Journalism's bad week; Tom Mulcair on the CBC; Jocelyne Saucier; David Carr; Gin, Glorious Gin
Reflections on a bad week for the craft of journalism - Michael's Essay: (00:00:25) This week saw the deaths of New York Times media critic David Carr, CBS News correspondent Bob Simon and former Toronto Star sports reporter Alison Gordon. NBC anchor Brian Williams was suspended, and Jon Stewart announced he will be leaving The Daily Show. Sun News closed, throwing 200 people out of work.
Code Orange: (00:06:32) Tom Mulcair, Leader of the NDP and the Official Opposition, on his plan to restore funding to CBC/Radio-Canada; his opposition to Canada's anti-ISIS military mission, and to Bill C-51, the government's draft legislation to extend the power of Canada's security services; and about the NDP's plans to stimulate the economy should it form the next government.
Mail about Ed Clark: (00:30:00) Listeners react to our interview last week, with the retired president and CEO of TE Bank Group. Formerly one of Canada's highest-earning executives, Mr. Clark is concerned about income inequality.
And the Birds Rained Down - Jocelyne Saucier tells a story about her Canada Reads-nominated novel: (00:36:41) Ms. Saucier's aunt, Marie-Ange, was "put away" at the age of 16 in a psychiatric residence. She stayed "put away" all her life. Ms. Saucier decided to create a character based on her aunt -- to "give her a life." When her aunt was dying at the age of 87, Jocelyne told her about the character, and that her book, And the Birds Rained Down, was dedicated to her.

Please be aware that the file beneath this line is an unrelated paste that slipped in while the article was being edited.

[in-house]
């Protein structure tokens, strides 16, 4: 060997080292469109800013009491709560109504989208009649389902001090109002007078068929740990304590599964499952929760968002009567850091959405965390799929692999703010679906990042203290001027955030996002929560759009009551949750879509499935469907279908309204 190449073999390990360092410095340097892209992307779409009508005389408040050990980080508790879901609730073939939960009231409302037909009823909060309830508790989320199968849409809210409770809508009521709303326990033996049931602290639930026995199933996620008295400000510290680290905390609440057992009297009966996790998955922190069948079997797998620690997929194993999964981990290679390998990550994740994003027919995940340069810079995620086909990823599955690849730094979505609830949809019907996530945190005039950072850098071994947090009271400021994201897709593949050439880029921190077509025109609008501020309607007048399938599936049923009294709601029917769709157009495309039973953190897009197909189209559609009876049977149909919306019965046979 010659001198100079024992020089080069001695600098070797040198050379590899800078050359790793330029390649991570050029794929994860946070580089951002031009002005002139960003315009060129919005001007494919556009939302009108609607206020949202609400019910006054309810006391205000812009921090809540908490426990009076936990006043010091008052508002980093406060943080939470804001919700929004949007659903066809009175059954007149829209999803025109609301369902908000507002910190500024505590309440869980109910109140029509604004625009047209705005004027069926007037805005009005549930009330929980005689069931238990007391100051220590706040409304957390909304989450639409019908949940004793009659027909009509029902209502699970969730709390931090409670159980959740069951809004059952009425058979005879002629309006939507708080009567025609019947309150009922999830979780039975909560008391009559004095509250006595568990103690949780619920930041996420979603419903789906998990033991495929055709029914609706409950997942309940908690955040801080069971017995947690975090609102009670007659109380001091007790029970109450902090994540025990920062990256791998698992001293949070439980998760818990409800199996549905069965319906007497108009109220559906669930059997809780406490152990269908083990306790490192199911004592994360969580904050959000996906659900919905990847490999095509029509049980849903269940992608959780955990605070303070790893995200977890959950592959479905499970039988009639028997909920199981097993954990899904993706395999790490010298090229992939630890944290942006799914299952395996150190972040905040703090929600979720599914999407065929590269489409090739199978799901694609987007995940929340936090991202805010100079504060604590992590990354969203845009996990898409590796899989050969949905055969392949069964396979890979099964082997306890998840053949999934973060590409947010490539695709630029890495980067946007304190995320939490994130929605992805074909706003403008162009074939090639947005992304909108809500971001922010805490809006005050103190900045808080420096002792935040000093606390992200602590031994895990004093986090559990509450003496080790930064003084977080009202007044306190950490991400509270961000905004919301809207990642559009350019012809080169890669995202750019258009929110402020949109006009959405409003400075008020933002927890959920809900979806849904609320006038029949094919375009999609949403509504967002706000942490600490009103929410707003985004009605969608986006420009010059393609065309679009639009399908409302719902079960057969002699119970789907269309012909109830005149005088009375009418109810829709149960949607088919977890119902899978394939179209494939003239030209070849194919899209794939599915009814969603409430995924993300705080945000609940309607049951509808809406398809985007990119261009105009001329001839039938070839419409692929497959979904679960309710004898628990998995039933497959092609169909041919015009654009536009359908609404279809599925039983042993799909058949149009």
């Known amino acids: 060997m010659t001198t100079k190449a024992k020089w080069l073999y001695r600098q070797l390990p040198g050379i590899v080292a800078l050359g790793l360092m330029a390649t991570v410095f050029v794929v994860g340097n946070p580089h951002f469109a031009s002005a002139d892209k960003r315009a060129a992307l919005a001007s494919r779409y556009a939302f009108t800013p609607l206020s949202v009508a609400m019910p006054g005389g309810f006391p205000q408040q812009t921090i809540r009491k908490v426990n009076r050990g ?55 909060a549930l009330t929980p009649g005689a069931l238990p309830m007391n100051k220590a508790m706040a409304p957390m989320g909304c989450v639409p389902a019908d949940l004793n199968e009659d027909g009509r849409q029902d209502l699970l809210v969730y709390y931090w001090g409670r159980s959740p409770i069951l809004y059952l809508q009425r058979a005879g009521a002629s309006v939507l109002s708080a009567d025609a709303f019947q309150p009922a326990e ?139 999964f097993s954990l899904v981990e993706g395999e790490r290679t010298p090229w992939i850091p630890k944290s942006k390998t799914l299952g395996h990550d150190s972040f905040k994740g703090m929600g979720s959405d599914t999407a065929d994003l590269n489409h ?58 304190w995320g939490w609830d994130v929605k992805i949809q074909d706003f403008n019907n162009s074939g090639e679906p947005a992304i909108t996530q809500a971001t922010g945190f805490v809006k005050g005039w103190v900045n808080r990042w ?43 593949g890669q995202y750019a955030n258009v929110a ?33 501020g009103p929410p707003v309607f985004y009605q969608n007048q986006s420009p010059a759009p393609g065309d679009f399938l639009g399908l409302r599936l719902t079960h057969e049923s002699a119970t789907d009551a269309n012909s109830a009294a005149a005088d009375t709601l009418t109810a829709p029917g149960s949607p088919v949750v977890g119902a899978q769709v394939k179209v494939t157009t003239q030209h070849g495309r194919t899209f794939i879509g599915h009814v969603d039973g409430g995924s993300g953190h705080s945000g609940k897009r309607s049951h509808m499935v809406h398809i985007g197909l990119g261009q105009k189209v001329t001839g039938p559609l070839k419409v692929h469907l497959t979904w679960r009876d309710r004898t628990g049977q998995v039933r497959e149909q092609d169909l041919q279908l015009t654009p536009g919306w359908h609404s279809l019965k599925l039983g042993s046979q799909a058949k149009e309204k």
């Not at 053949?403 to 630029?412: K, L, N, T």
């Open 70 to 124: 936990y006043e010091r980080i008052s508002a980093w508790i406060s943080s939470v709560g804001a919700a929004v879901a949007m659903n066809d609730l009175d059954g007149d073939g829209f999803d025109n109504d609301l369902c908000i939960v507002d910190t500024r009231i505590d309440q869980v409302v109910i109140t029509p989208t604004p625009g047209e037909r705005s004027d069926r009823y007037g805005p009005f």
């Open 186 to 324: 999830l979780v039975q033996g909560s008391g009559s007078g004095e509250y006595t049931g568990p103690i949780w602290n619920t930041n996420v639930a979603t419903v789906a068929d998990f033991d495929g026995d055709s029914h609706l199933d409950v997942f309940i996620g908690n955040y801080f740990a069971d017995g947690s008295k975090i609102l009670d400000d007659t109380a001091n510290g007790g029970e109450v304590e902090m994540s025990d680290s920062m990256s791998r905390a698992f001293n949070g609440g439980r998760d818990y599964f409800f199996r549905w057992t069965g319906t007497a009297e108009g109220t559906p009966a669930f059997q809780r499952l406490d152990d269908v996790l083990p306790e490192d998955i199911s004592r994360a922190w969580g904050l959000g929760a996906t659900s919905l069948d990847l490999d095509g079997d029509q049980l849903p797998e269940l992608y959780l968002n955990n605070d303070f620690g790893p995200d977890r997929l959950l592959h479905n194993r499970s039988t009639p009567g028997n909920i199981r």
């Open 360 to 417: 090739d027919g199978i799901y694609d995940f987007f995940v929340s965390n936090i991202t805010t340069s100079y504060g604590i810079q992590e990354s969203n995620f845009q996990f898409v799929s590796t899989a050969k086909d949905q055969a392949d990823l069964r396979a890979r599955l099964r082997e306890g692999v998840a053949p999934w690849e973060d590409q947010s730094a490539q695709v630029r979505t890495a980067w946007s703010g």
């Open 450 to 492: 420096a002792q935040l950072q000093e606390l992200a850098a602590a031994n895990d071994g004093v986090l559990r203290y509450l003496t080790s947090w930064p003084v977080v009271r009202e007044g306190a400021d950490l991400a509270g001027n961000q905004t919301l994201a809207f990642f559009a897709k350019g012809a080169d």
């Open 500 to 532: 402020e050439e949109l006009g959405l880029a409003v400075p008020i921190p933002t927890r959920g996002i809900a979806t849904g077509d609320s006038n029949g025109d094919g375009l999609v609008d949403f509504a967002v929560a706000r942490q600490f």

Remembering David Carr: (00:43:03) David Carr, the funny, eccentric, insightful media columnist for The New York Times, died suddenly this past week at the age of 58. A former drug addict, alcoholic and self-described "full-on maniac," Mr. Carr dared journalists to be mindful of their public responsibility, but worried about the fate of the industry. We re-broadcast Michael's interview with David Carr from 2012.
From Gin Lane to shaken, not stirred: (01:06:39) Olivia Williams traces the social history of Britain through changes in the status of the juniper-flavoured spirit. Her book is called Gin, Glorious Gin: How Mother's Ruin Became the Spirit of London.